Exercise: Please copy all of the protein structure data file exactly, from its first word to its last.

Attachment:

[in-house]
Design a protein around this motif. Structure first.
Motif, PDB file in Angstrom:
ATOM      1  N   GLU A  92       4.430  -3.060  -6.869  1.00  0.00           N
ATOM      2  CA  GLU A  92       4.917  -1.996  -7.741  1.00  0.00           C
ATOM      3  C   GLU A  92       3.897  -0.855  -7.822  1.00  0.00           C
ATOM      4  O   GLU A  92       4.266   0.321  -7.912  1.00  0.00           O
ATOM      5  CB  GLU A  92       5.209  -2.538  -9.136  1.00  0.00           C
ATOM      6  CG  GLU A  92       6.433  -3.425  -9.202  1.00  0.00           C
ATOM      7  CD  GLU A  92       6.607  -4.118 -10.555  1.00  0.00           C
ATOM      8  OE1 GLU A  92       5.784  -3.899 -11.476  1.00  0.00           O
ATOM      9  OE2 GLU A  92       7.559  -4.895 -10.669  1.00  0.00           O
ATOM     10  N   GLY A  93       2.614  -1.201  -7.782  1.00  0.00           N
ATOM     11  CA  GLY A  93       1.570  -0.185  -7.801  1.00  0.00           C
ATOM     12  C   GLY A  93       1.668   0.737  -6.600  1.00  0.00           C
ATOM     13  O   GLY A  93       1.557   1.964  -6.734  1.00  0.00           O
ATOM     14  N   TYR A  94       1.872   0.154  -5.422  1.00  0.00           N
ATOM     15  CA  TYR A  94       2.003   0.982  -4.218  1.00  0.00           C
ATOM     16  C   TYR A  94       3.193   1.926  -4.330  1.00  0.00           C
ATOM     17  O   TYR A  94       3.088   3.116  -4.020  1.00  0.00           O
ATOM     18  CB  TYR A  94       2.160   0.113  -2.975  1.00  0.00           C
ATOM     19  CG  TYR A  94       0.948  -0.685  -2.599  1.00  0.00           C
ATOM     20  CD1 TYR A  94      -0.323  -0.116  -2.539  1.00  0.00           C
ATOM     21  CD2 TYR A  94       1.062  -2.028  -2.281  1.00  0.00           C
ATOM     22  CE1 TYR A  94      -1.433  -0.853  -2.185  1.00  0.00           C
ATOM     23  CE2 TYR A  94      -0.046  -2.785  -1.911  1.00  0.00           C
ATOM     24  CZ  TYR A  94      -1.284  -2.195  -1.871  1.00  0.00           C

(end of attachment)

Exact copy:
[in-house]
Design a protein around this motif. Structure first.
Motif, PDB file in Angstrom:
ATOM      1  N   GLU A  92       4.430  -3.060  -6.869  1.00  0.00           N
ATOM      2  CA  GLU A  92       4.917  -1.996  -7.741  1.00  0.00           C
ATOM      3  C   GLU A  92       3.897  -0.855  -7.822  1.00  0.00           C
ATOM      4  O   GLU A  92       4.266   0.321  -7.912  1.00  0.00           O
ATOM      5  CB  GLU A  92       5.209  -2.538  -9.136  1.00  0.00           C
ATOM      6  CG  GLU A  92       6.433  -3.425  -9.202  1.00  0.00           C
ATOM      7  CD  GLU A  92       6.607  -4.118 -10.555  1.00  0.00           C
ATOM      8  OE1 GLU A  92       5.784  -3.899 -11.476  1.00  0.00           O
ATOM      9  OE2 GLU A  92       7.559  -4.895 -10.669  1.00  0.00           O
ATOM     10  N   GLY A  93       2.614  -1.201  -7.782  1.00  0.00           N
ATOM     11  CA  GLY A  93       1.570  -0.185  -7.801  1.00  0.00           C
ATOM     12  C   GLY A  93       1.668   0.737  -6.600  1.00  0.00           C
ATOM     13  O   GLY A  93       1.557   1.964  -6.734  1.00  0.00           O
ATOM     14  N   TYR A  94       1.872   0.154  -5.422  1.00  0.00           N
ATOM     15  CA  TYR A  94       2.003   0.982  -4.218  1.00  0.00           C
ATOM     16  C   TYR A  94       3.193   1.926  -4.330  1.00  0.00           C
ATOM     17  O   TYR A  94       3.088   3.116  -4.020  1.00  0.00           O
ATOM     18  CB  TYR A  94       2.160   0.113  -2.975  1.00  0.00           C
ATOM     19  CG  TYR A  94       0.948  -0.685  -2.599  1.00  0.00           C
ATOM     20  CD1 TYR A  94      -0.323  -0.116  -2.539  1.00  0.00           C
ATOM     21  CD2 TYR A  94       1.062  -2.028  -2.281  1.00  0.00           C
ATOM     22  CE1 TYR A  94      -1.433  -0.853  -2.185  1.00  0.00           C
ATOM     23  CE2 TYR A  94      -0.046  -2.785  -1.911  1.00  0.00           C
ATOM     24  CZ  TYR A  94      -1.284  -2.195  -1.871  1.00  0.00           C